Recently, we've been getting a lot of questions from our clients about best to schedule their wedding day. How much time should we leave for photos? How much of it should we do before the ceremony, and how much after? What if we don't want to miss our cocktail hour but we don't want to see each other before the ceremony. What do we do? You get the idea. Since it's been such a popular question, we thought we'd dig a little deeper and try to offer some advice and feedback from our own experience, our past client's experience and from the viewpoint of a wedding planner.
We find that couples generally fall into two categories:
1. They absolutely do not want to see each other until the bride is walking down the aisle.
2. They have a slight attachment to the tradition of the couple not seeing one another before the ceremony.....but they're open for ideas if it means a smoother wedding day.
For couples that fall into the second grouping, a 'First Look' has become a popular alternative to the first option. When we start talking about this option during client meetings, most often people look at us with some confusion as they may have heard of it before but don't know exactly what it means. Since not even Wikipedia has caught on to what a First Look is, let us briefly explain. Because weddings are evolving so quickly and a First Look could be done in many different ways, the classic example plays out as follows.
-The couple decides at an earlier time where they would like to have their first look - Or if they haven't decided, we'll give our opinion about locations. This is almost always a quiet, secluded, outdoor spot.
-The Bride and Groom get fully dressed and prepped for the wedding in separate spaces.
-Either the Bride or the Groom goes out to the location they've selected - One photographer goes with them, and we communicate or text back and forth to coordinate the moment
-Typically the groom is waiting and then the bride approaches him without him looking - this can be accomplished in many ways (with blindfolds, with the groom facing away from the bride, at the corner of a building, etc.)
-When the couple feels ready, they turn around to see each other for the first time, fully dressed and dolled up - there is always hugging and kissing and crying. Who doesn't love that?
-We photograph like Ninjas.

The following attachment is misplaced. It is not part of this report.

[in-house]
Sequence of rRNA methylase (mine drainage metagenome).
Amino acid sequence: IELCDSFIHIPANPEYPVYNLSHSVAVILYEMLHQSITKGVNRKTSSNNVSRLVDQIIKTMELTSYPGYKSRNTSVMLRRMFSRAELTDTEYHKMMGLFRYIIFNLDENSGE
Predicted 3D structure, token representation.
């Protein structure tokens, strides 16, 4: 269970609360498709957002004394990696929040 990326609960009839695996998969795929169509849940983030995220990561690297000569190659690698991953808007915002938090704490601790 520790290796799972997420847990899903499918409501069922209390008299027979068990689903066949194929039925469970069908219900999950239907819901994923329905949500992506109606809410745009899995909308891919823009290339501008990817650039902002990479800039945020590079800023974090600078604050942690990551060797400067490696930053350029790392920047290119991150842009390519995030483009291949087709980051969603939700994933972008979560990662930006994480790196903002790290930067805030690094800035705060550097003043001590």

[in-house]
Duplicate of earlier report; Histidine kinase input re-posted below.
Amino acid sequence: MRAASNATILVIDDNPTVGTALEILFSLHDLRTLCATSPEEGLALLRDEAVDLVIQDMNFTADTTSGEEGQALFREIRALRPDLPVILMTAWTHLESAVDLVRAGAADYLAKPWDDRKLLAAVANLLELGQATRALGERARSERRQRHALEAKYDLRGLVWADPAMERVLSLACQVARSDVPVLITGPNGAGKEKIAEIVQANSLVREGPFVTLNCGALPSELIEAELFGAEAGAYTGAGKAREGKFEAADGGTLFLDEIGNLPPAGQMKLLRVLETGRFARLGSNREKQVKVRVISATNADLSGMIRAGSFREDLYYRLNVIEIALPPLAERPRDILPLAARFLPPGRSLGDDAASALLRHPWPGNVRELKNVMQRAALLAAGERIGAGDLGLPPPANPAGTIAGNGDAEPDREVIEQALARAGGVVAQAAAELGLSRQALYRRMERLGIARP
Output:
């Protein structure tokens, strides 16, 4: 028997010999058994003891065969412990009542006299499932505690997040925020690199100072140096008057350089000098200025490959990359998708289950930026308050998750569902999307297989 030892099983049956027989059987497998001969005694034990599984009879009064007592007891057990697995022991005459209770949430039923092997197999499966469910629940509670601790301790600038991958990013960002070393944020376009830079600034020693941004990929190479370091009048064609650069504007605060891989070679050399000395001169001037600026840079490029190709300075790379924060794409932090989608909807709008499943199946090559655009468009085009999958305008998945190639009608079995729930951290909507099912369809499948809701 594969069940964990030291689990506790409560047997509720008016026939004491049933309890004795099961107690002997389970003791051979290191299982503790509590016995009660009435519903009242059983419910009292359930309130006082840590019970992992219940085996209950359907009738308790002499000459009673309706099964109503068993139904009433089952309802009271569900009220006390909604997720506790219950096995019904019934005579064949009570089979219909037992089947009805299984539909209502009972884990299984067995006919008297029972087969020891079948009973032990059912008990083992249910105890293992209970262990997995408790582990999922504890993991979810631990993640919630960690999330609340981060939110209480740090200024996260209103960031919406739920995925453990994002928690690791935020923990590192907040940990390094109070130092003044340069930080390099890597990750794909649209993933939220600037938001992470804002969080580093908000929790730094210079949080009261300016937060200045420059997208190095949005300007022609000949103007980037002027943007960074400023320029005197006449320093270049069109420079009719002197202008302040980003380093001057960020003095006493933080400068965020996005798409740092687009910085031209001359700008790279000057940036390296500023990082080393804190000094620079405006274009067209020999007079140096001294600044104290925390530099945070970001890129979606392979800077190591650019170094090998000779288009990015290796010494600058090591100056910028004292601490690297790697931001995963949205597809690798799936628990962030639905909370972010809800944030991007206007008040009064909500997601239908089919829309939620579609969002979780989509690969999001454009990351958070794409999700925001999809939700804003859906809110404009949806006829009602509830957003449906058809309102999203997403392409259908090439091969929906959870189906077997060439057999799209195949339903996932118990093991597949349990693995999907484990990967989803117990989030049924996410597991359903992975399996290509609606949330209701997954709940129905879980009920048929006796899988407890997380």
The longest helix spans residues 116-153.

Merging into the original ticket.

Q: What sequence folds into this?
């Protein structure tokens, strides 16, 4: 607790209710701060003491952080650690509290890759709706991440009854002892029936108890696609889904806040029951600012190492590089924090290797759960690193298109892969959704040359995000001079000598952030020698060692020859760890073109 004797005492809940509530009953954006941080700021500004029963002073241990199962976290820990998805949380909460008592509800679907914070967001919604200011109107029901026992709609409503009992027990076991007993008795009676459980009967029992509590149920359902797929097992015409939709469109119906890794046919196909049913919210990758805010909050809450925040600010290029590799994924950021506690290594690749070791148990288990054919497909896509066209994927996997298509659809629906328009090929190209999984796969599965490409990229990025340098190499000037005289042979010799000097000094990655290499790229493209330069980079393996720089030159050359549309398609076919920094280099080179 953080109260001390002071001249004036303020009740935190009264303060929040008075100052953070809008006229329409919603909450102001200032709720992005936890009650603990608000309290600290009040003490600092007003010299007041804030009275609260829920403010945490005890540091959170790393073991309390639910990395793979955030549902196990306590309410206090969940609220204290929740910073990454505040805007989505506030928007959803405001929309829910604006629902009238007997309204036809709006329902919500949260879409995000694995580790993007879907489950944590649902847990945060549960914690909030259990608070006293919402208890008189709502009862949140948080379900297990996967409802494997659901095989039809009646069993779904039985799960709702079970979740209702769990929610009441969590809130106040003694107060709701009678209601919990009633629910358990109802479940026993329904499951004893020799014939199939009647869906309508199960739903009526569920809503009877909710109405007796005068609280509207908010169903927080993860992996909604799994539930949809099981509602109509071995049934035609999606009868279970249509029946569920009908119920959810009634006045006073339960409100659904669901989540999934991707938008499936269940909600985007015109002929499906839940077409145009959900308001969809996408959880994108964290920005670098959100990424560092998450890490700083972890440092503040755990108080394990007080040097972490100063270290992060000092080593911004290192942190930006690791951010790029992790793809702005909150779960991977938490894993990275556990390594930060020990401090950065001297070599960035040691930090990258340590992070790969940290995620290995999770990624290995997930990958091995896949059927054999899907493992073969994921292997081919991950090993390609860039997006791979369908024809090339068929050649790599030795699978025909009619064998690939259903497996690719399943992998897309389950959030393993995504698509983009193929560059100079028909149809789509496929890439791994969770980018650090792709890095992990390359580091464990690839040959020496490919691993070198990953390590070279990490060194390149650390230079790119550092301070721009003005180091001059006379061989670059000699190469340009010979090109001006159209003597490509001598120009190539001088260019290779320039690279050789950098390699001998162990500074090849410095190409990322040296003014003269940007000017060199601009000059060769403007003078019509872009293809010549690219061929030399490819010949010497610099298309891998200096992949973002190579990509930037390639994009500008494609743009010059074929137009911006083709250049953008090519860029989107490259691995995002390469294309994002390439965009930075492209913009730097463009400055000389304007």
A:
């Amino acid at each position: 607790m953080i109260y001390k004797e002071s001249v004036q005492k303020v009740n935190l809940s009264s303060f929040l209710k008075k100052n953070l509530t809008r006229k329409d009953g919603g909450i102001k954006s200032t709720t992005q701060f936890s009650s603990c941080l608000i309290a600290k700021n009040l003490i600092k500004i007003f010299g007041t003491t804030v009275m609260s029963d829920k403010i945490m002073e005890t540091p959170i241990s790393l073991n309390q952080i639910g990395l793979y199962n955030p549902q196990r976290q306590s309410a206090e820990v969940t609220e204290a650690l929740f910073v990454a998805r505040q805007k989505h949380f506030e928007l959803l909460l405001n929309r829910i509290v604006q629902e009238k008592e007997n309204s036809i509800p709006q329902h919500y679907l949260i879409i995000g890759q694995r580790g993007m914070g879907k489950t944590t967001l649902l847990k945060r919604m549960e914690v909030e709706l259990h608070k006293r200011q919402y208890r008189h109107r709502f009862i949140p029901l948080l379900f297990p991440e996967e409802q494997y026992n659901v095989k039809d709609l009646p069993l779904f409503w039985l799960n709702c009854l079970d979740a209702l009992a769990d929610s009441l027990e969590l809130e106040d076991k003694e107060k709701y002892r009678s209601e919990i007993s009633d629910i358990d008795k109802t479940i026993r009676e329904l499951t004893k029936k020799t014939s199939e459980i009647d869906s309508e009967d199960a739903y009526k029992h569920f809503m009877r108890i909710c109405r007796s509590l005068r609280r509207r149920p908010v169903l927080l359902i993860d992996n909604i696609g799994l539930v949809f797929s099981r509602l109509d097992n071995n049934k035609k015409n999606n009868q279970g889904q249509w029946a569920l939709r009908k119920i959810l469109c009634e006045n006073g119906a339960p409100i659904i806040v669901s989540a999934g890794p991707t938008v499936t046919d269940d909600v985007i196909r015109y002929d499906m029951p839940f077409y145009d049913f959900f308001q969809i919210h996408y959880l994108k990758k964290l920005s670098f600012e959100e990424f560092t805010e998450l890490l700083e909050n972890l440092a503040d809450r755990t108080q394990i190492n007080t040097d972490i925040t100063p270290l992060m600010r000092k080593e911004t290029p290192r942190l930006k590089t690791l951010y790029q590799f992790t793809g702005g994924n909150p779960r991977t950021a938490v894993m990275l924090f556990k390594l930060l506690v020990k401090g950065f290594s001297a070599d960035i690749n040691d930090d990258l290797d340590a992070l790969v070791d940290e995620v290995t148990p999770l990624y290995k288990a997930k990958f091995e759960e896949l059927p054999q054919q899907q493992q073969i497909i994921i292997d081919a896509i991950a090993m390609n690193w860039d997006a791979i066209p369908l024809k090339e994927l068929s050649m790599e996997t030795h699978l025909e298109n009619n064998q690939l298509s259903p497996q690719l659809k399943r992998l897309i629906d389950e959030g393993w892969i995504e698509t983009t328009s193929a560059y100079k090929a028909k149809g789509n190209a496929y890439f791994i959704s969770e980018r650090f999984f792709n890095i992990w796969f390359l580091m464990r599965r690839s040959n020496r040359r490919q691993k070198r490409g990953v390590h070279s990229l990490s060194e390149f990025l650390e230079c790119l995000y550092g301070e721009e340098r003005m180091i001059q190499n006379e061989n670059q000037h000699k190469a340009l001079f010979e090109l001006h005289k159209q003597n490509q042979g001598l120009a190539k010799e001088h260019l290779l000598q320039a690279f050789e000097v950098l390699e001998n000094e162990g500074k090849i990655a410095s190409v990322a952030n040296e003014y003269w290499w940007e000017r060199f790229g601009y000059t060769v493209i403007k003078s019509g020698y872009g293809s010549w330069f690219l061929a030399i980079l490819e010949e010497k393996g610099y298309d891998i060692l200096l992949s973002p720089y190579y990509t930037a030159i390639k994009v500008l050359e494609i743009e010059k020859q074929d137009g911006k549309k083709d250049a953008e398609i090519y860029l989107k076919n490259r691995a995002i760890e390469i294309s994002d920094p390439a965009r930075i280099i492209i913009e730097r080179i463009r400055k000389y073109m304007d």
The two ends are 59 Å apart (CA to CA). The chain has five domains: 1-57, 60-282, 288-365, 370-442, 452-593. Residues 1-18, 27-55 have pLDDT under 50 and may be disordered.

Obviously there are many different approaches to this, but generally this is how we've seen it done, and it always works well. We're also very careful to shoot with lenses that are fast and allow us a close up perspective without standing right beside you. (for fellow photographers, our 70-200 IS 2.8 is our favorite first look lens.) It's also very important to us to preserve this sacred time as a private moment between the two of you, so we typically arrange a place to meet up with you after we're done taking photos. This way you can truly have a few moments alone before moving forward with the day.
We are generally very protective of this time and won't allow any family or friends around the couple during a First Look because that would defeat the purpose of it. (if you wanted everyone watching that moment you'd probably fall into the 'walking down the aisle' group....right?).
Here are a few photos from Maggie and Seth's First Look last July. This is probably our favorite First Look because they are so expressive.
This is what Maggie had to say about their First Look:
"For the schedule we had decided on, a First Look gave us the chance to really maximize the photography time we had before the ceremony and before craziness of the rest of the guests got involved. It really gave us time to focus on each other and what was about to happen. With a big family, everyone wants to get in on the photo ops, by doing a first look and family portraits before the event we really minimized that. Our first look did not make walking down the aisle any less special. He was still crying, and I was still tearing up too. It made it even more special for us, because THIS was the real moment; we weren't playing around anymore."